The design of the eBook is pretty simple. We first designed the cover, which is composed of an orange gradient, a big title in white and a subtitle in black, and an illustration of a Viking.
That amazing illustration that you are seeing was not designed by ourselves. Let me introduce you Joy Design, an awesome website that provides free illustrations. It was our salvation.
We dedicated each stage an entire page, similar to the cover, with a background color and a nice illustration from Joy Design.
We then adjusted the font, the colors, the titles, and the eBook was ready to be launched. But before, we needed some feedback.
You might have noticed that we are not native English speakers. We commit many grammatical mistakes and English usage errors. So, before launching, we needed to check the eBook with an English speaker. Moreover, we wanted to know the opinion of side project experts.
Therefore, we sent a message to Mubashar Iqbal, Andrey Azimov and some influencers. We also submitted a post on the Side Project subreddit asking for feedback on our eBook. 47 people were willing to help us.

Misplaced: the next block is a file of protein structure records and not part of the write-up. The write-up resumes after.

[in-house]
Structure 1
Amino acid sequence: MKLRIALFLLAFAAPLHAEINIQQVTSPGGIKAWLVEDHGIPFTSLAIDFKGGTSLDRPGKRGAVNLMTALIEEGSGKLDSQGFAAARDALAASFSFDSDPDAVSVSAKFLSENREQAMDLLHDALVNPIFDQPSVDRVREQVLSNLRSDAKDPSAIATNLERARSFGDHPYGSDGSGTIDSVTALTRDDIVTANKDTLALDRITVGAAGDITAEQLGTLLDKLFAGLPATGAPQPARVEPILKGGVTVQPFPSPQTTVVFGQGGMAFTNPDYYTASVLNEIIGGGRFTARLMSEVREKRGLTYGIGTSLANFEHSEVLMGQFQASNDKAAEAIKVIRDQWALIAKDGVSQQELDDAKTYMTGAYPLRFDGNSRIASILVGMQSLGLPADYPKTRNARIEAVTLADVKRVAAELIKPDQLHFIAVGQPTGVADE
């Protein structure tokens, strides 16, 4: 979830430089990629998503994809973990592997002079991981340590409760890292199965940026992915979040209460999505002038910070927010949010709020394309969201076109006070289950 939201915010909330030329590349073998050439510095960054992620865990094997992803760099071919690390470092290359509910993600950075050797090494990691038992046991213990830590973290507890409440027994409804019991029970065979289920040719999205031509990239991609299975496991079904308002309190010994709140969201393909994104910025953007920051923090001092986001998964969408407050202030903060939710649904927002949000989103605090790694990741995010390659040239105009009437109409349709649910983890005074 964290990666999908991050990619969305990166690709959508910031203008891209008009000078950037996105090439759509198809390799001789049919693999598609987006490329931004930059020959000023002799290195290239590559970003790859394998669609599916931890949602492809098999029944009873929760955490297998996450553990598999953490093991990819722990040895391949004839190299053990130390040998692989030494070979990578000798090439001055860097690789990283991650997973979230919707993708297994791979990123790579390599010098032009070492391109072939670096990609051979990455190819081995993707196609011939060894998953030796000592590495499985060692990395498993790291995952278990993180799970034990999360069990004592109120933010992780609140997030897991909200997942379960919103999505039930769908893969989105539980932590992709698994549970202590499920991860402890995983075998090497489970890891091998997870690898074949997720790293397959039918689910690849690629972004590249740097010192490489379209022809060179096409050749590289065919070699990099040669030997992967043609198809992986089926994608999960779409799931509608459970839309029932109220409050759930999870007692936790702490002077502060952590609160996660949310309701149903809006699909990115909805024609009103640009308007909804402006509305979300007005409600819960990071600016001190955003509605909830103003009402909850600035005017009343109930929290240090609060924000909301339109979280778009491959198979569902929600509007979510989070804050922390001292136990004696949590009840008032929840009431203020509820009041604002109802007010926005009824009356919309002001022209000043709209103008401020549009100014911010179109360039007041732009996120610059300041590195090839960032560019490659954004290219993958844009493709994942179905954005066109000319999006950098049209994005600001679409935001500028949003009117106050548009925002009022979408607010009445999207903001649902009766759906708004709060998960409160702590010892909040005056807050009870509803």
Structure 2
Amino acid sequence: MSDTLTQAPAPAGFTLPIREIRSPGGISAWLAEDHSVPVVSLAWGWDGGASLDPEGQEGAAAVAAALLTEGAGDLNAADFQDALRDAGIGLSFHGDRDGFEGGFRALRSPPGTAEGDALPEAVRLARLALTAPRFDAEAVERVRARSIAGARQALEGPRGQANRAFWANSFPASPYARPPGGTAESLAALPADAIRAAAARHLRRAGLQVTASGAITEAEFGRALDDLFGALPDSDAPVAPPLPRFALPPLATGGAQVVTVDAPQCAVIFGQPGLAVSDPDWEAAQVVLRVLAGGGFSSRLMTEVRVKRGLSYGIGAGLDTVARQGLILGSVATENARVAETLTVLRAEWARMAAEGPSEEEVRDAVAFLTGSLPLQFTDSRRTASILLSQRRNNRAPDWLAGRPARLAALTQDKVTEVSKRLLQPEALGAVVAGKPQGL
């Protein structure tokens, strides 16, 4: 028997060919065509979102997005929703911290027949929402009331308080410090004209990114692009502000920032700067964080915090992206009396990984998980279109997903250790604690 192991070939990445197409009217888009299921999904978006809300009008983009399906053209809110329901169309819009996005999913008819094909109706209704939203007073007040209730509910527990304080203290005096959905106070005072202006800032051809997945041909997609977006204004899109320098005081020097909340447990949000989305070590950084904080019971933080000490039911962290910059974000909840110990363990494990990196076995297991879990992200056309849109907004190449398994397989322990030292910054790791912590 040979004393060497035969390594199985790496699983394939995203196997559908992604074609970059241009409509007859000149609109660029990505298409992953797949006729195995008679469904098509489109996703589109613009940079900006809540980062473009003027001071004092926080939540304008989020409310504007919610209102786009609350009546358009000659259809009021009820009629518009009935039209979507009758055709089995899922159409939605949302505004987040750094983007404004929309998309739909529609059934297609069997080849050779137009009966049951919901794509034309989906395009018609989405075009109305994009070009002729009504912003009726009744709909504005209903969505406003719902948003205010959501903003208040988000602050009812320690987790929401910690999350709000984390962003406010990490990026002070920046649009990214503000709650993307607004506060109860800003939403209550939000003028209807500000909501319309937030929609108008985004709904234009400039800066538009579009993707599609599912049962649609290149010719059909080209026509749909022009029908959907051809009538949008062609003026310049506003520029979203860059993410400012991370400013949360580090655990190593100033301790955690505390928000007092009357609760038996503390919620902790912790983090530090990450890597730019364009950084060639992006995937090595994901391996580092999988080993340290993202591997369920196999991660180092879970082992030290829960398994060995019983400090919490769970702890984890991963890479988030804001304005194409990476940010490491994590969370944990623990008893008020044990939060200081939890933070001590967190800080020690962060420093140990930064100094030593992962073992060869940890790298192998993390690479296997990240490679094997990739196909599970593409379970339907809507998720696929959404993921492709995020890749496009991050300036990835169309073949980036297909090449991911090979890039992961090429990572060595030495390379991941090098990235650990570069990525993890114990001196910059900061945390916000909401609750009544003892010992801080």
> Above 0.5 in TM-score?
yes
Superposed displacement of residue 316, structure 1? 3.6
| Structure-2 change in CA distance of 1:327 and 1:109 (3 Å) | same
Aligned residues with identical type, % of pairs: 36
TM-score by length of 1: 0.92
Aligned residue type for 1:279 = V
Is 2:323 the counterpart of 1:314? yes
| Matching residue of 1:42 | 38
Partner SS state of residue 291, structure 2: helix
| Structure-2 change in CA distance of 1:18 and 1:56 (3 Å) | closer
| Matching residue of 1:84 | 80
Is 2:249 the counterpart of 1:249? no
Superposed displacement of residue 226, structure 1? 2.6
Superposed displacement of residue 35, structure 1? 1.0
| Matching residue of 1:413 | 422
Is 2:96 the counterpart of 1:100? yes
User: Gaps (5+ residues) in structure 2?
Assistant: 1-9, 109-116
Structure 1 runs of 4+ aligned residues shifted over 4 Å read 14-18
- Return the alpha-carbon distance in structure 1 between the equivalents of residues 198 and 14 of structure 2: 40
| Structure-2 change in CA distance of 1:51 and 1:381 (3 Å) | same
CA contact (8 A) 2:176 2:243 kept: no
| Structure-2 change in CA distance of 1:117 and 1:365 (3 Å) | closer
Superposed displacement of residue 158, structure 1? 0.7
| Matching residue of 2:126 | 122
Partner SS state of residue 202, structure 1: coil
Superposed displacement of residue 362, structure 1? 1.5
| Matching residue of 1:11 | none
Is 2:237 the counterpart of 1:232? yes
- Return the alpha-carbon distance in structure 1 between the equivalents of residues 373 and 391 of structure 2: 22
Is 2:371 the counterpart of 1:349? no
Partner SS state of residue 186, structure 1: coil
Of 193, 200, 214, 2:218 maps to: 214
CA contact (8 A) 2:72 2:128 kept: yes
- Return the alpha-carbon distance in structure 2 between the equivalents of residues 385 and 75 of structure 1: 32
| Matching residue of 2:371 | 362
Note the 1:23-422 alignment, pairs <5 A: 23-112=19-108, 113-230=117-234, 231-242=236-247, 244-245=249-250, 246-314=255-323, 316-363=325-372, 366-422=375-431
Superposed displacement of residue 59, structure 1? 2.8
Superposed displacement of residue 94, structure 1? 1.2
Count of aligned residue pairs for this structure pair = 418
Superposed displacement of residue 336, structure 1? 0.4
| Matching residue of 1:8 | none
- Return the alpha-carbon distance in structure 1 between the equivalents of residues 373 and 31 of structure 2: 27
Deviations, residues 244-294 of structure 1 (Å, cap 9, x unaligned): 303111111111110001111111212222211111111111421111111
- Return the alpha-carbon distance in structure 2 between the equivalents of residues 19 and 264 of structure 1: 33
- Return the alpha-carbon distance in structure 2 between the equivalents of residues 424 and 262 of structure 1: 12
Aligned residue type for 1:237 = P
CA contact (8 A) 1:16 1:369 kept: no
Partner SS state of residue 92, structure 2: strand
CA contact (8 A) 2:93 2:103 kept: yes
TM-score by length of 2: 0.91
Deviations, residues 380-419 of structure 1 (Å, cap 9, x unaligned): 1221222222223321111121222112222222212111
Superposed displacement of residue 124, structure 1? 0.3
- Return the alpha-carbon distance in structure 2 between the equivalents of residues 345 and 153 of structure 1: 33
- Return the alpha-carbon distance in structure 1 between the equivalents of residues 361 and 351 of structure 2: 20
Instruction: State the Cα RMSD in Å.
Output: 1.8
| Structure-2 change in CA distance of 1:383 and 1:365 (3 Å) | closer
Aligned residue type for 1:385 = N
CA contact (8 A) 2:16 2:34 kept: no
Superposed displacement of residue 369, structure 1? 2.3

We were able to improve the eBook a lot and correct all the grammar mistakes. Moreover, an awesome user called enthusiasm_overdose sent us a copy of the eBook with all the corrections and possible ways to say things in a better way.
After so much work it was time to launch the eBook. These were the simple strategies we used:
A few days before launching it we contacted Bram Kanstein, a well-known hunter, who (luckily) was willing to submit our eBook to Product Hunt. It wasn't a successful PH campaign. We didn't even end up on the front page. Maybe it was the Product Hunt audience, maybe the eBook. We personally believe that product hunters don't like the idea of free stuff in exchange for emails. In any case, we received 80-100 downloads from PH.